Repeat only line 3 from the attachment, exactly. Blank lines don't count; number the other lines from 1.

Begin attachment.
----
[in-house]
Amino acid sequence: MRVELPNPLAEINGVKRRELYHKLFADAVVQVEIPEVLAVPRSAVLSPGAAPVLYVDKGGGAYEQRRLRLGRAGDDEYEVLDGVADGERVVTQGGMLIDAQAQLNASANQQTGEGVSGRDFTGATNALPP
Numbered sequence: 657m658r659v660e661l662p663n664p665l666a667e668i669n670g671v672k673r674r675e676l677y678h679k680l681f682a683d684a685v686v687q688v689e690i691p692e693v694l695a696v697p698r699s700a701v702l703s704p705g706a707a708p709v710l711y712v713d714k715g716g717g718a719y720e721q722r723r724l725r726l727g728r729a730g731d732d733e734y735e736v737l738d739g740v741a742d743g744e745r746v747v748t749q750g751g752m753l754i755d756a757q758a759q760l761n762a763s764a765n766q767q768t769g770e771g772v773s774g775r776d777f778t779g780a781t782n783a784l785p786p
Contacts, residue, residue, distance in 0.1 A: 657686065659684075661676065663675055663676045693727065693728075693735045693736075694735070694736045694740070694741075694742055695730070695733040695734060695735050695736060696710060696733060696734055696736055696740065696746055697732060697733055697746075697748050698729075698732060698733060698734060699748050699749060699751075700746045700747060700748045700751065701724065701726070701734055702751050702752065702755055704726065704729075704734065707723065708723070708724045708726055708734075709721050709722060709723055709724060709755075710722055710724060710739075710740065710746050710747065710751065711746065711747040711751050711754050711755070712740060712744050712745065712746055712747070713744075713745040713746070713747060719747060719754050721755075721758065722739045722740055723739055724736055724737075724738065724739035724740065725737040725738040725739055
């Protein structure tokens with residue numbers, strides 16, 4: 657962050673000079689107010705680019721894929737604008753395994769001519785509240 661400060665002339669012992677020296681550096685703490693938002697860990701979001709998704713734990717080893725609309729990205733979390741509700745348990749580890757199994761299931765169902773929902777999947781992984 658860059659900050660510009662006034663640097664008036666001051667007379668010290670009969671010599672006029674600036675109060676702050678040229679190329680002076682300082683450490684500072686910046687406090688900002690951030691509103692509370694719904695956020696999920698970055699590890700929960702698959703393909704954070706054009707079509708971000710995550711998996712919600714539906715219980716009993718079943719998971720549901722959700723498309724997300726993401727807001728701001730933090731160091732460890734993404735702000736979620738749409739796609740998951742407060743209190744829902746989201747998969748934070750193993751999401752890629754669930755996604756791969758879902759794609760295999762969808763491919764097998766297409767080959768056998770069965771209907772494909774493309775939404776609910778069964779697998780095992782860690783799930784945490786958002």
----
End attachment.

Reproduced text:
Numbered sequence: 657m658r659v660e661l662p663n664p665l666a667e668i669n670g671v672k673r674r675e676l677y678h679k680l681f682a683d684a685v686v687q688v689e690i691p692e693v694l695a696v697p698r699s700a701v702l703s704p705g706a707a708p709v710l711y712v713d714k715g716g717g718a719y720e721q722r723r724l725r726l727g728r729a730g731d732d733e734y735e736v737l738d739g740v741a742d743g744e745r746v747v748t749q750g751g752m753l754i755d756a757q758a759q760l761n762a763s764a765n766q767q768t769g770e771g772v773s774g775r776d777f778t779g780a781t782n783a784l785p786p